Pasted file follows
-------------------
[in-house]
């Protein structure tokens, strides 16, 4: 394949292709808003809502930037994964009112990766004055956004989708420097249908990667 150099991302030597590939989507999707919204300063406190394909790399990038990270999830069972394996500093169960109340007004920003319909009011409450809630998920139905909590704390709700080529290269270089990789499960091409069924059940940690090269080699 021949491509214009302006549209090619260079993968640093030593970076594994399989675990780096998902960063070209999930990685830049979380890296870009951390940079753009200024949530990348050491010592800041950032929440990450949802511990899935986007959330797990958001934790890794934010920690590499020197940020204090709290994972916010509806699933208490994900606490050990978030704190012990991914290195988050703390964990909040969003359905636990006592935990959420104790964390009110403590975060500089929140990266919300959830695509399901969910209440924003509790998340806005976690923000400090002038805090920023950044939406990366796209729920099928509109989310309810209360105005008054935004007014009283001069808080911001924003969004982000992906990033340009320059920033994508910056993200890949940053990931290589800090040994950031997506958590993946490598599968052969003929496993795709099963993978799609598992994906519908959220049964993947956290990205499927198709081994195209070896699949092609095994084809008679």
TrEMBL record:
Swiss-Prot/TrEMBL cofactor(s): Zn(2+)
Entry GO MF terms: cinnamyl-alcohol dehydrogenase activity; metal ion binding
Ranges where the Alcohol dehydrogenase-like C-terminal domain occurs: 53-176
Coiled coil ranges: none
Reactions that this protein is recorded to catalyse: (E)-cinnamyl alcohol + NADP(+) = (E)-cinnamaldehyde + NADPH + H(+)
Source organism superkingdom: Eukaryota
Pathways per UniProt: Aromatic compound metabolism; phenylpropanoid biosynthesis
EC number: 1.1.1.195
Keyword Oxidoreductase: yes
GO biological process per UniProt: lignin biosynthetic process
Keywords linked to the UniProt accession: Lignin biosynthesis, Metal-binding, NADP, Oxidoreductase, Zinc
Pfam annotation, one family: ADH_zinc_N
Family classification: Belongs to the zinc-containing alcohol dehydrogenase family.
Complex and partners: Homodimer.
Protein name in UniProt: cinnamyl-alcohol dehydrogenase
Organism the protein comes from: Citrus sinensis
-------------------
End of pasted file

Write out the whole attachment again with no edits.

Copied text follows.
[in-house]
């Protein structure tokens, strides 16, 4: 394949292709808003809502930037994964009112990766004055956004989708420097249908990667 150099991302030597590939989507999707919204300063406190394909790399990038990270999830069972394996500093169960109340007004920003319909009011409450809630998920139905909590704390709700080529290269270089990789499960091409069924059940940690090269080699 021949491509214009302006549209090619260079993968640093030593970076594994399989675990780096998902960063070209999930990685830049979380890296870009951390940079753009200024949530990348050491010592800041950032929440990450949802511990899935986007959330797990958001934790890794934010920690590499020197940020204090709290994972916010509806699933208490994900606490050990978030704190012990991914290195988050703390964990909040969003359905636990006592935990959420104790964390009110403590975060500089929140990266919300959830695509399901969910209440924003509790998340806005976690923000400090002038805090920023950044939406990366796209729920099928509109989310309810209360105005008054935004007014009283001069808080911001924003969004982000992906990033340009320059920033994508910056993200890949940053990931290589800090040994950031997506958590993946490598599968052969003929496993795709099963993978799609598992994906519908959220049964993947956290990205499927198709081994195209070896699949092609095994084809008679």
TrEMBL record:
Swiss-Prot/TrEMBL cofactor(s): Zn(2+)
Entry GO MF terms: cinnamyl-alcohol dehydrogenase activity; metal ion binding
Ranges where the Alcohol dehydrogenase-like C-terminal domain occurs: 53-176
Coiled coil ranges: none
Reactions that this protein is recorded to catalyse: (E)-cinnamyl alcohol + NADP(+) = (E)-cinnamaldehyde + NADPH + H(+)
Source organism superkingdom: Eukaryota
Pathways per UniProt: Aromatic compound metabolism; phenylpropanoid biosynthesis
EC number: 1.1.1.195
Keyword Oxidoreductase: yes
GO biological process per UniProt: lignin biosynthetic process
Keywords linked to the UniProt accession: Lignin biosynthesis, Metal-binding, NADP, Oxidoreductase, Zinc
Pfam annotation, one family: ADH_zinc_N
Family classification: Belongs to the zinc-containing alcohol dehydrogenase family.
Complex and partners: Homodimer.
Protein name in UniProt: cinnamyl-alcohol dehydrogenase
Organism the protein comes from: Citrus sinensis